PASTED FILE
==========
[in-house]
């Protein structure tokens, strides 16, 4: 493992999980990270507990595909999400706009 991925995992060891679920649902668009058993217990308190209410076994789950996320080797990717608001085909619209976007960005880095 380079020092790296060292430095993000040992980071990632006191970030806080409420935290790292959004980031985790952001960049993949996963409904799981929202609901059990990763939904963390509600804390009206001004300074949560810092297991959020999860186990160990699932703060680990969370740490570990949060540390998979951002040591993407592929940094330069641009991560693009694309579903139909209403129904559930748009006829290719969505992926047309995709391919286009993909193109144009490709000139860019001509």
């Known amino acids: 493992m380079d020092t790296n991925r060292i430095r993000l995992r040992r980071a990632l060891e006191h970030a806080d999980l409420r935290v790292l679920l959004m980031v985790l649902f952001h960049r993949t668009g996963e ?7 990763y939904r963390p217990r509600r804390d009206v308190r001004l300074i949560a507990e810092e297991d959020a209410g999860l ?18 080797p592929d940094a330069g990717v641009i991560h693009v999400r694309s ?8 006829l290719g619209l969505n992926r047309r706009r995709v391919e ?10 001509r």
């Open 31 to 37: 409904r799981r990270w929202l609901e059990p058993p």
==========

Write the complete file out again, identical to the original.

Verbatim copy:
[in-house]
């Protein structure tokens, strides 16, 4: 493992999980990270507990595909999400706009 991925995992060891679920649902668009058993217990308190209410076994789950996320080797990717608001085909619209976007960005880095 380079020092790296060292430095993000040992980071990632006191970030806080409420935290790292959004980031985790952001960049993949996963409904799981929202609901059990990763939904963390509600804390009206001004300074949560810092297991959020999860186990160990699932703060680990969370740490570990949060540390998979951002040591993407592929940094330069641009991560693009694309579903139909209403129904559930748009006829290719969505992926047309995709391919286009993909193109144009490709000139860019001509």
């Known amino acids: 493992m380079d020092t790296n991925r060292i430095r993000l995992r040992r980071a990632l060891e006191h970030a806080d999980l409420r935290v790292l679920l959004m980031v985790l649902f952001h960049r993949t668009g996963e ?7 990763y939904r963390p217990r509600r804390d009206v308190r001004l300074i949560a507990e810092e297991d959020a209410g999860l ?18 080797p592929d940094a330069g990717v641009i991560h693009v999400r694309s ?8 006829l290719g619209l969505n992926r047309r706009r995709v391919e ?10 001509r």
């Open 31 to 37: 409904r799981r990270w929202l609901e059990p058993p």